Saudi Arabia foreign minister compared regional arch-rival Iran to Adolf Hitler on Saturday, in comments slamming what he described as Tehran’s “sectarian” foreign policy.
Adel Al-Jubeir made the remarks at the annual Manama Dialogue in Bahrain, where he said the region must choose between good and evil after the Sep.14 attacks on Saudi Aramco’s oil facilities.
“Appeasement did not work with Hitler. It will not work with the Iranian regime,” Al-Jubeir said.
The international community must “extract a price from Iran” for the attacks on the kingdom’s oil facilities which he claimed were “absolutely clearly” orchestrated with Iranian weapons and “came from the north and not south”.
The Strait of Hormuz, straddled between Iran and Arab Gulf states, is a strategically-significant region where around a third or a fifth of the of the world's oil passes through.
In June, two foreign tankers were attacked in Gulf waters, with Iran put forward as a culprit, while in the same month Tehran downed a US drone.
Saudi Aramco facilities were attacked with drones and missiles in September, an event that sent shockwaves through the kingdom and much of the world. Iran was again blamed for the attacks.
The events come after heightened tensions when the US pulled out of a nuclear deal with Iran last year and slapped tough sanctions on the country.
“The Iranians cannot be allowed to get away with this,” Al-Jubeir warned.
The Saudi official also took aim at Iran’s foreign policy, which he slammed was based on “ridiculous” sectarianism.
“It is like Italy saying every Catholic belongs to Italy. Would Germany accept?” he said, referring to Iran’s perceived hold on Shias in the region. "What we are seeing in region is a vision of light and vision of darkness.”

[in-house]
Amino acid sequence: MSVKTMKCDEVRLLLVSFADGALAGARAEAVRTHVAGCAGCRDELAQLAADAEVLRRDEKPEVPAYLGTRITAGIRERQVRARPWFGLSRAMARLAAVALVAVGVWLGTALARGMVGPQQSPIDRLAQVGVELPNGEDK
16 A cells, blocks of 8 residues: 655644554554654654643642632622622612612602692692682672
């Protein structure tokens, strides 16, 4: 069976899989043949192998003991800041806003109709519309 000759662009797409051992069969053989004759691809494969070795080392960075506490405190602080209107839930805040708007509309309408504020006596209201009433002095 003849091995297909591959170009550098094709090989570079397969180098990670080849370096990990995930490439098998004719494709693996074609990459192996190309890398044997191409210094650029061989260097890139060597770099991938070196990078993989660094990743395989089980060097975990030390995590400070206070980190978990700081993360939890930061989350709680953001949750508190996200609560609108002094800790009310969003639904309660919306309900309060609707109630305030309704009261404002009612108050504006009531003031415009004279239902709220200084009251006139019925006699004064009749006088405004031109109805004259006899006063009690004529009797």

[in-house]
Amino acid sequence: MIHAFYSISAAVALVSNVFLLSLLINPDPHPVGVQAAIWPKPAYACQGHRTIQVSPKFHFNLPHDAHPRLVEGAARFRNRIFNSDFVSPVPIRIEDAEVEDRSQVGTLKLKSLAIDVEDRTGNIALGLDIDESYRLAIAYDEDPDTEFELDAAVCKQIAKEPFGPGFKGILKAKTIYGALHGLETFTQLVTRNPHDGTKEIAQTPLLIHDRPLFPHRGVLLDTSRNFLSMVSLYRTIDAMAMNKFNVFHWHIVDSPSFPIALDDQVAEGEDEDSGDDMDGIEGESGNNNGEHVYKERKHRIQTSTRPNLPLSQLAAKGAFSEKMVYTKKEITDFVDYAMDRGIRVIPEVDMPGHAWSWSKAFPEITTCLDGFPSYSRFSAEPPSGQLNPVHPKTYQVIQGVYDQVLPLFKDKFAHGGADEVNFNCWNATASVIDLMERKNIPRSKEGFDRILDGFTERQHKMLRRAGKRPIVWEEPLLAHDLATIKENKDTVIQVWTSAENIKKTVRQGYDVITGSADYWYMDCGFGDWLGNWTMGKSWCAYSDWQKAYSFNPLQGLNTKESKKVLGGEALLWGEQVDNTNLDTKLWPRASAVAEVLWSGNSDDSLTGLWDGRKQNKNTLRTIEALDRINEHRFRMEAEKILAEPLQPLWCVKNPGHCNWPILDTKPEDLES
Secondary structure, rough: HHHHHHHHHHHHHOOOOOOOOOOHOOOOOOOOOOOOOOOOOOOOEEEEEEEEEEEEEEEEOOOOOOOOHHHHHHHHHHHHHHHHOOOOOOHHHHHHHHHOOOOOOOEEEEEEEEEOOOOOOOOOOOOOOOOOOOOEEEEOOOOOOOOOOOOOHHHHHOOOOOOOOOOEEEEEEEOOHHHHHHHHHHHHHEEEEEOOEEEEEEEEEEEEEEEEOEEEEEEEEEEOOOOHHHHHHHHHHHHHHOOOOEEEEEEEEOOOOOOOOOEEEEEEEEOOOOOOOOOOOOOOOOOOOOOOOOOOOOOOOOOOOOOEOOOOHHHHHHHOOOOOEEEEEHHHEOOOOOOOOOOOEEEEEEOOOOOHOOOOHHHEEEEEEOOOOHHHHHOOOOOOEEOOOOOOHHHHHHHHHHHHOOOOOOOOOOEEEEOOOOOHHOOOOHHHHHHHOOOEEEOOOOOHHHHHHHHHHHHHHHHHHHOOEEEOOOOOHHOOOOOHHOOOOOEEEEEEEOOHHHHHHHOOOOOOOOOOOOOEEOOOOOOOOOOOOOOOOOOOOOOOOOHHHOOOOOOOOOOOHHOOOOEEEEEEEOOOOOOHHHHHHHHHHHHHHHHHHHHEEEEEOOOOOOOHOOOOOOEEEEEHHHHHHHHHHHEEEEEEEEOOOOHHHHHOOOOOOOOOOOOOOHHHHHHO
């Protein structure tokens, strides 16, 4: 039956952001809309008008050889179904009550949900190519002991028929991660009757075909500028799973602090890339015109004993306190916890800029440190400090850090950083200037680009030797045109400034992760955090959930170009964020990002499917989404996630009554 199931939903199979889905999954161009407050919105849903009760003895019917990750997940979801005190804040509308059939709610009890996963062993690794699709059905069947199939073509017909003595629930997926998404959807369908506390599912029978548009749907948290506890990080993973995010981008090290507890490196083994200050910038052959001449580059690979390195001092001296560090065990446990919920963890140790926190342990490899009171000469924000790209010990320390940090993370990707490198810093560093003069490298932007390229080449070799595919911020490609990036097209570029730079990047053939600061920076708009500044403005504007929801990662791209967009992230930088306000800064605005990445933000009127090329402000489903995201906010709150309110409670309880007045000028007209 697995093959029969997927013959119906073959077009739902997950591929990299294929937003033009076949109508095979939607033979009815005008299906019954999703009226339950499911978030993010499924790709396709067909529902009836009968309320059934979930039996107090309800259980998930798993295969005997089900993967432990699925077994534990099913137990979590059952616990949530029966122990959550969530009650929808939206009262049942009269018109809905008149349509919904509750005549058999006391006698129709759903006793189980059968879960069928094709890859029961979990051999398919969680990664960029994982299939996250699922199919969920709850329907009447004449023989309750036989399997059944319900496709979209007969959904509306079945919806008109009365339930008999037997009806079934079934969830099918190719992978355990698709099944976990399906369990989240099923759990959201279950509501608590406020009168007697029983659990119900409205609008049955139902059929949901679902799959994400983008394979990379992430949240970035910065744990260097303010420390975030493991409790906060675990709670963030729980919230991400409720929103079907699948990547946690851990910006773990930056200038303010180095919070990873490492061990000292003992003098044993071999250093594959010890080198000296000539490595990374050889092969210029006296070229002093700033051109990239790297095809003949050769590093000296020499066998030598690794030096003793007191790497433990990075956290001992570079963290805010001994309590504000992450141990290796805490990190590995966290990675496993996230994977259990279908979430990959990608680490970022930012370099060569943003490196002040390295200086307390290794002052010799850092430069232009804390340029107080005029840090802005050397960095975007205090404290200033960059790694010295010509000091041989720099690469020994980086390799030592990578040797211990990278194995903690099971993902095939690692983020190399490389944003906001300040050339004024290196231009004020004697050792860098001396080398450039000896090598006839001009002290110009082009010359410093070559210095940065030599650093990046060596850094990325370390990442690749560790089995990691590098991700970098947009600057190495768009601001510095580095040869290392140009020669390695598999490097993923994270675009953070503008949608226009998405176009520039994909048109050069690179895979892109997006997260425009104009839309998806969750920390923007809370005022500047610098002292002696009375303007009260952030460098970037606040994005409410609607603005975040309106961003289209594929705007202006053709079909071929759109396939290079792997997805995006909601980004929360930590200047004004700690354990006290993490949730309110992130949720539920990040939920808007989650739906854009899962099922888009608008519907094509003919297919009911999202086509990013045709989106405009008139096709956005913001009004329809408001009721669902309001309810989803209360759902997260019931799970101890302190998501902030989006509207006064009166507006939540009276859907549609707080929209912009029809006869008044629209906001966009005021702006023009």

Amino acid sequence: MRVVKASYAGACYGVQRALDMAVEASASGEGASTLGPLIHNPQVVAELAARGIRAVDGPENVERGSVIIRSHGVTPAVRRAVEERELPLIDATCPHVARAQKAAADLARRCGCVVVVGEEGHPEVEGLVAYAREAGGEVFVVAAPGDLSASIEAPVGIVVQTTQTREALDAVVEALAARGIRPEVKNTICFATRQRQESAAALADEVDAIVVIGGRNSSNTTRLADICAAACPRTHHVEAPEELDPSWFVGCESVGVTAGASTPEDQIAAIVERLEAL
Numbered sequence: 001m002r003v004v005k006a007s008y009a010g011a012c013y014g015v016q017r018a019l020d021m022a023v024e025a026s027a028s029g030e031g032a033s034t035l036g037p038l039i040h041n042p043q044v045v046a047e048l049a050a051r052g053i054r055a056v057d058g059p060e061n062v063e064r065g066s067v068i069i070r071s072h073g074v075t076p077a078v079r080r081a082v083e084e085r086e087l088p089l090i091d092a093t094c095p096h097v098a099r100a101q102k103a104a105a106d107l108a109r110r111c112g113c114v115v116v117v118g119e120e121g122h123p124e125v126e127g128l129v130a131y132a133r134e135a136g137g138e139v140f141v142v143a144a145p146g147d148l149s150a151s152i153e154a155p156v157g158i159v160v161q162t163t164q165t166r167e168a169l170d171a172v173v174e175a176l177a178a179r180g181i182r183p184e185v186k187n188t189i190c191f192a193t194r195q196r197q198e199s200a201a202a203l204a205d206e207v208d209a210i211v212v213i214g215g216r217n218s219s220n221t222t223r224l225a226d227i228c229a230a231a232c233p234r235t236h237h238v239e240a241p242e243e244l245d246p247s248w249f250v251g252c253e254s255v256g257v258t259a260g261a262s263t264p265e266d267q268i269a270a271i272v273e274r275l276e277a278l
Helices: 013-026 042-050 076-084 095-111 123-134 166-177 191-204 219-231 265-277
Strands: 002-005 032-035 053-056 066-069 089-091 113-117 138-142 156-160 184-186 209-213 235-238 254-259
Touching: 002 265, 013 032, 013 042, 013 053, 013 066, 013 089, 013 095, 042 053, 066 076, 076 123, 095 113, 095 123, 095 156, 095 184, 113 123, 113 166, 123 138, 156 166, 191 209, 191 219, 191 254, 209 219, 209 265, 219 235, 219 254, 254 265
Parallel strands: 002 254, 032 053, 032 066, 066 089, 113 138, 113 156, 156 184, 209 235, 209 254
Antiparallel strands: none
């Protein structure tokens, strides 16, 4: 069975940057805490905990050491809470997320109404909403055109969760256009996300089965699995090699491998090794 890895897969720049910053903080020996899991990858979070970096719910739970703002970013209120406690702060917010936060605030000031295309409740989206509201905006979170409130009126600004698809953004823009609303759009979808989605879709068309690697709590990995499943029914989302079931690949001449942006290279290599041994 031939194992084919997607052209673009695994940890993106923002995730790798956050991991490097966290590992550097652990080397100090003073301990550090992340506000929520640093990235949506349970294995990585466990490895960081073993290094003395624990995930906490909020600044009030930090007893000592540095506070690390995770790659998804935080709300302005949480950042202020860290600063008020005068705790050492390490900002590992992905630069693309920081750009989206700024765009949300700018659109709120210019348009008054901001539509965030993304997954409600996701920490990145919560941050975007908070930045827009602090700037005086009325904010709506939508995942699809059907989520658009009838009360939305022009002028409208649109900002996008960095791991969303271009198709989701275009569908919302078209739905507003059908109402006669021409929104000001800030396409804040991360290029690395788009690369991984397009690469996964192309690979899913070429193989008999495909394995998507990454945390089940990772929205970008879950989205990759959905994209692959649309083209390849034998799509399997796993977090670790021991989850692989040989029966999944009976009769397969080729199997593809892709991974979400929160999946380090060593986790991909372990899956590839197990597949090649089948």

‘Protecting Gulf waters’
Meanwhile, US-led naval coalition officially launched operations in Bahrain earlier this month to protect shipping in the troubled waters of the Gulf following the rise in tensions.
The coalition, aimed at warding off the perceived threat to the world's oil supply, has been in the making since June.
Bahrain, which hosts the US Navy's Fifth Fleet, joined the International Maritime Security Construct (IMSC) in August. Saudi Arabia and the United Arab Emirates followed suit in September.
Australia and Britain are the main Western countries to have agreed to send warships to escort Gulf shipping. The newest member, Albania, joined on Friday.
Vessels will be escorted through the Strait of Hormuz, the strategic chokepoint at the head of the Gulf and the main artery for the transport of Middle East oil.
Vice Admiral Jim Malloy, commander of US Naval Forces in the Middle East, said Operation Sentinel is a defensive measure aimed at protecting Gulf waters.
"While Sentinel's operational design is threat-based, it does not threaten," he said during a ceremony at the IMSC's command centre.
"We employ capable warships on patrol, but there is no offensive line of effort in this construct, other than a commitment to defend each other if attacked.
"Our commitment to the region isn't short-lived, it is enduring, and we will operate as part of Sentinel for as long as it's needed - as long as the threat looms."
Most European governments have declined to participate in the naval coalition, fearful of undermining their efforts to save a landmark 2015 nuclear accord with Iran, which was badly weakened by Washington's withdrawal last year.
Iran, which has denied any responsibility for the mystery attacks, has put forward its own proposals for boosting Gulf security that pointedly exclude outside powers.
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